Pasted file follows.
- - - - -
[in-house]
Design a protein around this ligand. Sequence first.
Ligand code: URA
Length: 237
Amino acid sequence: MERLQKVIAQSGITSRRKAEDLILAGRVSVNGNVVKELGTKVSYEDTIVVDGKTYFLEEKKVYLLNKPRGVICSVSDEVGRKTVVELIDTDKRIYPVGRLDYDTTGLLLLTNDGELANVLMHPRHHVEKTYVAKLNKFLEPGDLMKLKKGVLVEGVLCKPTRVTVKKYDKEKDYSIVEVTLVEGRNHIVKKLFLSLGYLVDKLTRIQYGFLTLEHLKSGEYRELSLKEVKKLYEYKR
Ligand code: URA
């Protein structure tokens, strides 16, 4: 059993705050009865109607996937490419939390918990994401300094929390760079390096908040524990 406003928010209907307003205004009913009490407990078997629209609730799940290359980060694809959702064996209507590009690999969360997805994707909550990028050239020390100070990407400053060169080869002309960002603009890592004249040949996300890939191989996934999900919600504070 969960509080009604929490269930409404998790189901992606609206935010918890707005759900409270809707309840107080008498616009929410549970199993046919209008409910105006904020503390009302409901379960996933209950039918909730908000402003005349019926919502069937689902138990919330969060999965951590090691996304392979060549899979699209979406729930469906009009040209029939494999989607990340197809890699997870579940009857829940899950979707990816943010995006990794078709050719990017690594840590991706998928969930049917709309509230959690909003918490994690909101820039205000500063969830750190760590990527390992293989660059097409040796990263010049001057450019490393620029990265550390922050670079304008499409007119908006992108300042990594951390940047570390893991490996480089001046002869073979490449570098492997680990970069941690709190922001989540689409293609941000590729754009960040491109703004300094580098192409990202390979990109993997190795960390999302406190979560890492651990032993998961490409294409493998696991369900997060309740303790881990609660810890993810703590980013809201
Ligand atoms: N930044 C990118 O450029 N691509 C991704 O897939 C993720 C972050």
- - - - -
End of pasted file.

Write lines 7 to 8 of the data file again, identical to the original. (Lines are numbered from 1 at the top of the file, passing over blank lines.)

């Protein structure tokens, strides 16, 4: 059993705050009865109607996937490419939390918990994401300094929390760079390096908040524990 406003928010209907307003205004009913009490407990078997629209609730799940290359980060694809959702064996209507590009690999969360997805994707909550990028050239020390100070990407400053060169080869002309960002603009890592004249040949996300890939191989996934999900919600504070 969960509080009604929490269930409404998790189901992606609206935010918890707005759900409270809707309840107080008498616009929410549970199993046919209008409910105006904020503390009302409901379960996933209950039918909730908000402003005349019926919502069937689902138990919330969060999965951590090691996304392979060549899979699209979406729930469906009009040209029939494999989607990340197809890699997870579940009857829940899950979707990816943010995006990794078709050719990017690594840590991706998928969930049917709309509230959690909003918490994690909101820039205000500063969830750190760590990527390992293989660059097409040796990263010049001057450019490393620029990265550390922050670079304008499409007119908006992108300042990594951390940047570390893991490996480089001046002869073979490449570098492997680990970069941690709190922001989540689409293609941000590729754009960040491109703004300094580098192409990202390979990109993997190795960390999302406190979560890492651990032993998961490409294409493998696991369900997060309740303790881990609660810890993810703590980013809201
Ligand atoms: N930044 C990118 O450029 N691509 C991704 O897939 C993720 C972050």